- Omega-3 fats can slightly raise low-density lipoprotein (LDL) cholesterol levels . However, this change is small and ranges from 3% to 10%.
- Omega-3 fats, while increasing LDL, also increase LDL. Smaller LDL particles can increase the risk of atherosclerosis, while larger LDL particles are considered beneficial for heart health.
- Consuming omega-3 fatty acids also appears to slightly increase high-density lipoprotein (HDL) levels .
Not necessarily a panacea
Fish oil may not be a panacea for heart disease, according to a study published in JAMA and recently presented at the 2020 American Heart Association Scientific Sessions . In the study, researchers evaluated omega-3 carboxylic acids or omega-3 CAs (brand name Enova), a drug derived from fish oil .
The STRENGTH study, which began in 2014, included data from 13,078 adults at 675 centers in 22 countries.
All the patients received statins and had known blockages in the arteries of the heart, brain, or legs. They were at increased risk of heart disease due to factors such as smoking and diabetes. Subjects took omega-3 CA medications or a placebo. Corn oil was used as a placebo.
The team compared the rates of cardiovascular death, heart attack, stroke, need for stenting or bypass surgery, and hospitalization for unstable angina in all study participants.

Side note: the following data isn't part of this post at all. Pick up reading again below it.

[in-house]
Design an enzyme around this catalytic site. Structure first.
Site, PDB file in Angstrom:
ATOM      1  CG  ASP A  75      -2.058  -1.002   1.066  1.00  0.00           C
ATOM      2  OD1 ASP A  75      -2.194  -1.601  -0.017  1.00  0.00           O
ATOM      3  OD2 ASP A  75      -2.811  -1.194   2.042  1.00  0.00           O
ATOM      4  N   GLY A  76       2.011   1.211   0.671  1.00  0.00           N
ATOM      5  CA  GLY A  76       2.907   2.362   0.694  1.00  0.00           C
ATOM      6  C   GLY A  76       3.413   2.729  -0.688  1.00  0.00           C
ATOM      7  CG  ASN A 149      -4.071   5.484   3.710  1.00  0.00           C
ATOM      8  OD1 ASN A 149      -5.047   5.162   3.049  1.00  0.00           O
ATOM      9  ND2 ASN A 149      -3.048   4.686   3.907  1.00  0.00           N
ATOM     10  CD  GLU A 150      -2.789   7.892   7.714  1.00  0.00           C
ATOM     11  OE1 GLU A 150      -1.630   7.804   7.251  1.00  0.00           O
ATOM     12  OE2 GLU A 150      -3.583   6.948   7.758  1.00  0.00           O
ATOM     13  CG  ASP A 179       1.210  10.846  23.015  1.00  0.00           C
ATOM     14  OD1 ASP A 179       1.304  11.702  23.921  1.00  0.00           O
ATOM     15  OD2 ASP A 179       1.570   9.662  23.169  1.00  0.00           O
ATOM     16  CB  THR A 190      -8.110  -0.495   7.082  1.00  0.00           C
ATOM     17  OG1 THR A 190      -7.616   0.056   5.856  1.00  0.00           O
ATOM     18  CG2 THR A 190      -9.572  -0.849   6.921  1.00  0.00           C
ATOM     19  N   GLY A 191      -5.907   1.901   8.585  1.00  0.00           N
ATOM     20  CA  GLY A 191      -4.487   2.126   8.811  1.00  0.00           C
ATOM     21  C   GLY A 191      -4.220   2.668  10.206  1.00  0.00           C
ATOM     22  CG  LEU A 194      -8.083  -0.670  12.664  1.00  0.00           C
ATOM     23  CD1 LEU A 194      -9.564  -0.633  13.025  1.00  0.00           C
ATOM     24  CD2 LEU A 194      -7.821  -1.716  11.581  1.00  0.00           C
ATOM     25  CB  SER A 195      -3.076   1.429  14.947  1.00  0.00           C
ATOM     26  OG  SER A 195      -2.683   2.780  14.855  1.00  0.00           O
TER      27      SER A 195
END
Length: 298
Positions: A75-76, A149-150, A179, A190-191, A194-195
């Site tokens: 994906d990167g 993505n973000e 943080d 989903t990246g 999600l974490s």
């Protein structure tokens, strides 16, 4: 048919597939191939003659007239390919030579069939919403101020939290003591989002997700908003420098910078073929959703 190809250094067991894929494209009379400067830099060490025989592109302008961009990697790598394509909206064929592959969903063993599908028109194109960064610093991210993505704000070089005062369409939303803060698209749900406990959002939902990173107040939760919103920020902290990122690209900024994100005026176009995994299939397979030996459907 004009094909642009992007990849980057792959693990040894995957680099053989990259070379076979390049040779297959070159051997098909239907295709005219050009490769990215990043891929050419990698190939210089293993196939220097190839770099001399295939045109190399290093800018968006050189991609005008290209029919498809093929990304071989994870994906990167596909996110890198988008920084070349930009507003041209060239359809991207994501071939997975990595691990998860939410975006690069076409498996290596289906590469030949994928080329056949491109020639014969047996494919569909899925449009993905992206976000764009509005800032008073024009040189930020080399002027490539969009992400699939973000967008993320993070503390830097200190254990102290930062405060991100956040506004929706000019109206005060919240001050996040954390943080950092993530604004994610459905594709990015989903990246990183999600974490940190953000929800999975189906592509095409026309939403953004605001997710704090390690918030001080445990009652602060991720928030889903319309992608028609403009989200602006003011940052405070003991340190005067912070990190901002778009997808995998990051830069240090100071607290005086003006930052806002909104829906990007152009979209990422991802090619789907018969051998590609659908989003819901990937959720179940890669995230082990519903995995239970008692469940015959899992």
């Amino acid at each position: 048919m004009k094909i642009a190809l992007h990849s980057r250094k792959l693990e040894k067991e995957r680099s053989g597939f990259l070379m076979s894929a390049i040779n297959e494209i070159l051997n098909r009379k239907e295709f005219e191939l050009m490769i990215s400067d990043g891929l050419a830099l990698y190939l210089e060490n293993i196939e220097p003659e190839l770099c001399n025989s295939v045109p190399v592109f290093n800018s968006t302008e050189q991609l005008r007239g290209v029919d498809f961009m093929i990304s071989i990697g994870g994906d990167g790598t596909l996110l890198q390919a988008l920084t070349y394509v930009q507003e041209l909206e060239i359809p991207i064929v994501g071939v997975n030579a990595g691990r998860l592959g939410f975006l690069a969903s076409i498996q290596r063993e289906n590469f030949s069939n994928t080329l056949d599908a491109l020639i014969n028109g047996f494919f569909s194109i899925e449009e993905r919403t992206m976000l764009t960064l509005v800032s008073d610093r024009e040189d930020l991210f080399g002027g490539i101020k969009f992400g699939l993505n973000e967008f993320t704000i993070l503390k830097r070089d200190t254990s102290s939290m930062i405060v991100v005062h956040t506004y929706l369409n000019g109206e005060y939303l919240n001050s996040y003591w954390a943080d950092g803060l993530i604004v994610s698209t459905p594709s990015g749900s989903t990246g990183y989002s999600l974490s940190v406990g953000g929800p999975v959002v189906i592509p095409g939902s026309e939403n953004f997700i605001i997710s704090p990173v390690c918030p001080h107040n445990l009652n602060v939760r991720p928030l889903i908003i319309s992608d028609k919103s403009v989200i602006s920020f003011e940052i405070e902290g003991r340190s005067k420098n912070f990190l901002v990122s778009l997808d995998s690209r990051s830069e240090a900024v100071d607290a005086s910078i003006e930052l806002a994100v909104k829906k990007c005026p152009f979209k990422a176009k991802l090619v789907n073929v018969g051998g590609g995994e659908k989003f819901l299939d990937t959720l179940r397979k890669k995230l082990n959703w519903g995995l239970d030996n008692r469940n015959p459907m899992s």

Research has shown that the combination of eicosatetraenoic acid (EPA) and docosahexaenoic acid (DHA), omega-3 fatty acids found in certain types of fish, does not reduce severe heart attacks in high-risk patients.
The researchers found that 1,580 patients experienced at least one cardiac event. There were no significant differences in heart attack risk between participants in one group compared to the other. However, the researchers found that people who took omega-3 fatty acids were more likely to develop atrial fibrillation (an irregular heartbeat) than people who took corn oil.
The trial was stopped in January 2020 after researchers concluded that it likely would not test the benefits of an omega-3 CA drug.
Fish oil research: mixed results
Other studies have also looked at fish oil and cardiovascular health. The evidence was mixed, in part because the researchers used different types and amounts of fish oil and different placebos.
- The 2007 JELIS study also evaluated the use of EPA and statins and found a reduction in nonfatal coronary events. In patients with a history of coronary artery disease, there was a slight decrease in the number of serious coronary events. Placebo was not used .
- The 2019 VITAL study used supplements containing vitamin D3 and omega-3 fatty acids. It showed that fish oil does not reduce the risk of serious heart disease .